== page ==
There will be similar scenes of joy in Tuvalu where William and Kate are heading next.
Tuvalu like the Solomons was a colony of Great Britain. In fact, it was half a colony.
When the British were in charge it was called the Gilbert and Ellis Islands.
The Gilbertese were Micronesian while the Ellis Islanders were Polynesian and they decided to split on independence in the late 1970s.
So the Gilberts became Kiribati and the Ellis Islands, Tuvalu.
That connection to Britain is not so marked in Papua New Guinea which although it still has the Queen as head of state was a colony of Australia.
When the Solomon Islands Government recently went looking for a new police commissioner it did not turn to Australia. Rather it hired John Lansley, a British cop, once a chief superintendent at Barking and Dagenham, who had served as Assistant Commissioner in the Solomons under another Englishman, William Morrell, from 2003 to 2005.
They both left the Solomons when Australia offered to take over supplementing the pay of the Police Commissioner – provided he was an Australian. Shane Castles from the Australian Federal Police got the top job but it was not a happy experience.
The government of Manasseh Sogavare declared Castles persona non grata in 2006 and forbade him from returning to the Solomons from leave because he had authorised a raid on the Prime Minister’s office. That was all to do with the extraordinary circumstances surrounding the flight on a PNG Defence Force aircraft of Mr Sogavare’s chosen attorney-general, Julian Moti, who had skipped bail in Port Moresby while facing extradition proceedings over alleged child sex offences in Vanuatu.
Complicated? Yeah, that’s Melanesia for you.
But there is absolutely no doubt the Solomon Islanders put on a great show for the royal couple. And not only on their arrival.
I did see one report from the British press travelling with William and Kate suggest that almost the entire population of the Solomons had turned out to welcome them. Not quite. The Solomons has a population heading towards 600,000 and most of them do not live in Honiara or on Guadalcanal.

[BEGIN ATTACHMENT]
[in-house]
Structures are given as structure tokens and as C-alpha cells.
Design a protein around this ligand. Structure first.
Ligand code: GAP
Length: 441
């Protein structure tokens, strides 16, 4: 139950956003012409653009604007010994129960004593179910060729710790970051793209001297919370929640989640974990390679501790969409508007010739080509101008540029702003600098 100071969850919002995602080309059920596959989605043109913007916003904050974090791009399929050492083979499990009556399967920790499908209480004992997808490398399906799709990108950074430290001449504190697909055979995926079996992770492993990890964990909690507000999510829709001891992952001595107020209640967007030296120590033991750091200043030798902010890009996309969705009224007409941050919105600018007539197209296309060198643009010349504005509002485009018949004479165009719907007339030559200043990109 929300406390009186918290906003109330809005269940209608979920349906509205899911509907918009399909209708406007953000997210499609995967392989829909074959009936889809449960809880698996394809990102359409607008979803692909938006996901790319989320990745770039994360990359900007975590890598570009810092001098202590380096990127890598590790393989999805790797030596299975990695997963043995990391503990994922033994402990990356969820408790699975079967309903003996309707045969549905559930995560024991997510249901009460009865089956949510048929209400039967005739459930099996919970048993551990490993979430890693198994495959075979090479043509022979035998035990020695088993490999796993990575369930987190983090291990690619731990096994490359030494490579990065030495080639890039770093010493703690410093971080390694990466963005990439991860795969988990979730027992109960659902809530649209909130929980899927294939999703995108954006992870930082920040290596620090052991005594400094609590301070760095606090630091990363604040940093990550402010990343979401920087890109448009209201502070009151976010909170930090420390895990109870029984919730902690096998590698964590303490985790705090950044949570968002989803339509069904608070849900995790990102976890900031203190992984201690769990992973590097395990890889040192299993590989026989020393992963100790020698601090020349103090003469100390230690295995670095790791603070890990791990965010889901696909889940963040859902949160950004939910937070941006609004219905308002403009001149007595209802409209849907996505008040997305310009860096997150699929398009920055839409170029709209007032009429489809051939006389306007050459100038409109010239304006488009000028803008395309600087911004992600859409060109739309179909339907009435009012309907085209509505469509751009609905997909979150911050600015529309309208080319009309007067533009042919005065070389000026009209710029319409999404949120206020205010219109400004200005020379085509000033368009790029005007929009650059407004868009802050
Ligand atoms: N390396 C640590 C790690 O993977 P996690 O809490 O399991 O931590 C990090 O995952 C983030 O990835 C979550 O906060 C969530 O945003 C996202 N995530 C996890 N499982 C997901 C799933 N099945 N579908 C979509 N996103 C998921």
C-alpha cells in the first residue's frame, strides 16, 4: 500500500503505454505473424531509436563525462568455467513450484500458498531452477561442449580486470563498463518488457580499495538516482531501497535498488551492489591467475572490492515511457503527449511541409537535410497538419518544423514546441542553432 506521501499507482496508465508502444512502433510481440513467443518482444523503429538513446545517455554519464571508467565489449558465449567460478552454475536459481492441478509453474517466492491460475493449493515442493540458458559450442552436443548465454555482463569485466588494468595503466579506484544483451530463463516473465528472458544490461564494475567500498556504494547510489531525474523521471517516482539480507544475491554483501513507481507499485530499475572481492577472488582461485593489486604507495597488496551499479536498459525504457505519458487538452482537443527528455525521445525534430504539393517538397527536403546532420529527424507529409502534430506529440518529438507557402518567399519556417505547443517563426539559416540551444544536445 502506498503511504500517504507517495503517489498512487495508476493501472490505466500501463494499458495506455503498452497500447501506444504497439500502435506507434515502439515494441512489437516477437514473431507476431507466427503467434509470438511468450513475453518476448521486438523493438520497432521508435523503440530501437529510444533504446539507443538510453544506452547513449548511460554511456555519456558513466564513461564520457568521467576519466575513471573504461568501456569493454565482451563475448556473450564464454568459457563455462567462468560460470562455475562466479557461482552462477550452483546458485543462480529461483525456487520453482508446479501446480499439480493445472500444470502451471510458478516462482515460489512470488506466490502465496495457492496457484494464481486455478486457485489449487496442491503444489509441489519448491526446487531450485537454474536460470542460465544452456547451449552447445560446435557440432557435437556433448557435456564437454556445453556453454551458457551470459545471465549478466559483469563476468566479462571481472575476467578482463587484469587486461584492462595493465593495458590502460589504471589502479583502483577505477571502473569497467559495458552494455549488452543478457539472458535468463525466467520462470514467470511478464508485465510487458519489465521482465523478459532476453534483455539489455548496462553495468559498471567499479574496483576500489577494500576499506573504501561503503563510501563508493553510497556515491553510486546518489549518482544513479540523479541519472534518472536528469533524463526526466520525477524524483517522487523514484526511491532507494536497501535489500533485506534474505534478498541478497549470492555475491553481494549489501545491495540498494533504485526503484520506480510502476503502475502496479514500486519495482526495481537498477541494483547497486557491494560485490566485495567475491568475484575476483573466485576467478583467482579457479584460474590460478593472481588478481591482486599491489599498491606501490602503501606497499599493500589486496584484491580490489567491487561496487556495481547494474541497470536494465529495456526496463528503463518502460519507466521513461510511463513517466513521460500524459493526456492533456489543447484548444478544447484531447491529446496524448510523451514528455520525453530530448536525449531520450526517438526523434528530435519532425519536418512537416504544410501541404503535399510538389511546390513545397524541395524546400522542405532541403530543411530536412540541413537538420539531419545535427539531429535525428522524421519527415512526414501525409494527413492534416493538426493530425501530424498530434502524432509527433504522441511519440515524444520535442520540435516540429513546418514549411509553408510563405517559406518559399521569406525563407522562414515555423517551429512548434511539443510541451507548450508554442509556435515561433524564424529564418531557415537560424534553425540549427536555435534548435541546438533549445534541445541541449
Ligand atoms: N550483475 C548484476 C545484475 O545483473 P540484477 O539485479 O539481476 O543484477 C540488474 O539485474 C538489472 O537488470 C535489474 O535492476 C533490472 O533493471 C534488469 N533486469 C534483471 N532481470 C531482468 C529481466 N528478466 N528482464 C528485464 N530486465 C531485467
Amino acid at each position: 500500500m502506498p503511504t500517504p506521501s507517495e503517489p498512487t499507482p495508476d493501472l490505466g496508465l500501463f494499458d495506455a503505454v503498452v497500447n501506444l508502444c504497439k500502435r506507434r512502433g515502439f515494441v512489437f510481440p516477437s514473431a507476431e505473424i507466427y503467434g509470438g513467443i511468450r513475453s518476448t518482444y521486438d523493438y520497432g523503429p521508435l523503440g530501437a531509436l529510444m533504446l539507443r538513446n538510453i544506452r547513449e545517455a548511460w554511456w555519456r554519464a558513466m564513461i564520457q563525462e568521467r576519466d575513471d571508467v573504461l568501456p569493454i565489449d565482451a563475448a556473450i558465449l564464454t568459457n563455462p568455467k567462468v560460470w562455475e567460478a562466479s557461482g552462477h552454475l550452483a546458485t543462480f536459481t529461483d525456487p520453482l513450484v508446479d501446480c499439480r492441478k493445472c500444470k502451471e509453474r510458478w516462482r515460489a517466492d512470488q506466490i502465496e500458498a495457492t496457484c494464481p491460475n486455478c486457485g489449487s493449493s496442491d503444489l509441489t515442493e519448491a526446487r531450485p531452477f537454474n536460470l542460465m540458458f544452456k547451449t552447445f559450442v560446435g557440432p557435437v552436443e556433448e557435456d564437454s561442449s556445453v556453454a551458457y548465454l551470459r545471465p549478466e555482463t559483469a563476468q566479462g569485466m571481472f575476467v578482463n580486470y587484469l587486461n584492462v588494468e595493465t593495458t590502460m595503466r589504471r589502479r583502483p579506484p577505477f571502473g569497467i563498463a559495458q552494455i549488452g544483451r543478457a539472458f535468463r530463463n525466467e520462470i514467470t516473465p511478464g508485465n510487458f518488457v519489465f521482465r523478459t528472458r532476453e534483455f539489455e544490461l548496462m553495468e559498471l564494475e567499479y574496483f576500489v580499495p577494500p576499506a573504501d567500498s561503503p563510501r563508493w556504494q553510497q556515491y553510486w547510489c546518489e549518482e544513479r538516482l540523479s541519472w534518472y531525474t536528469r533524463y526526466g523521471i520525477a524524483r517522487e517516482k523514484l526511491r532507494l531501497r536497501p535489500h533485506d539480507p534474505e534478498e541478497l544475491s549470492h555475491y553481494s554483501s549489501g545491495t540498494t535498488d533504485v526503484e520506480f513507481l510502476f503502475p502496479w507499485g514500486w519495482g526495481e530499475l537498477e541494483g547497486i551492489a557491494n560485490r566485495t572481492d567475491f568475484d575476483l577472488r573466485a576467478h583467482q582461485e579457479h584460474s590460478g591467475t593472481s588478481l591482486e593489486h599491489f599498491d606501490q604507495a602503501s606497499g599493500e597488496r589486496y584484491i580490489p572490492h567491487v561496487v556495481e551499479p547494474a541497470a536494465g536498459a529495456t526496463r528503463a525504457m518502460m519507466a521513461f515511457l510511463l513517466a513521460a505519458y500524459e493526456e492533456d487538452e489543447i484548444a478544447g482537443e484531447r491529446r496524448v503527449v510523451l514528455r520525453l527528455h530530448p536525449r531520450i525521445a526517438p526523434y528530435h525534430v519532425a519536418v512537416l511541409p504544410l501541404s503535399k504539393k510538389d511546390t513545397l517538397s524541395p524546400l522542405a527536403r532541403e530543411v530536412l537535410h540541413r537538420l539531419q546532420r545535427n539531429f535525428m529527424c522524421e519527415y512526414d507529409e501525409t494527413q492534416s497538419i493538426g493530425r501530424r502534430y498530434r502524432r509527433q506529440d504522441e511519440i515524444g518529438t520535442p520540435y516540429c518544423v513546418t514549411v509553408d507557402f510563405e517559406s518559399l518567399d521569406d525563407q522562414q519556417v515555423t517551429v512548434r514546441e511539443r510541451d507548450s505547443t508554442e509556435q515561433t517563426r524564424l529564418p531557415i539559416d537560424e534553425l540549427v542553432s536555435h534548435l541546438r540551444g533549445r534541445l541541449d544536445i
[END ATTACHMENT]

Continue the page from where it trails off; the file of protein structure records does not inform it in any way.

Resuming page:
There are actually about 1,000 islands in the Solomons in nine main island groups.
Kate and William will be spending a night on one of those beautiful islands, Tavanipupu, just off Guadalcanal.
I can vouch for it being beautiful. We spent a couple of nights there many years ago after the wedding of my great journalistic colleague, Mary-Louise O’Callighan, to Joses Tuhanuku, who once led the trade union movement in the Solomons and is a former opposition leader.
The ties to Britain remain remarkably strong. Queen Elizabeth II herself visited the Solomons twice – in 1974 and 1982.
Prince William told guests at the meal put on at the Solomon Islands Governor-General’s residence that his grandmother had fond memories of the Solomon Islands.
"Our expectations were pretty high after what the Queen had told us," the Prince said. "But nothing had prepared us for the welcome we received."
During that second visit by the Queen in 1982, Prince Phillip had been alarmed at the high birth rate and said so publicly.
He was admonished by the then head of family planning in the Solomons who, incidentally, had a very large family.
According to Television New Zealand locals are hoping the Duke and Duchess leave Tavanipupu with more than just good memories.
"If a little surprise should happen in nine months time maybe Tuvanipupu Windsor?" TVNZ quoted one local as saying. "Or if it's a boy, Solomon. And later on he will become King Solomon."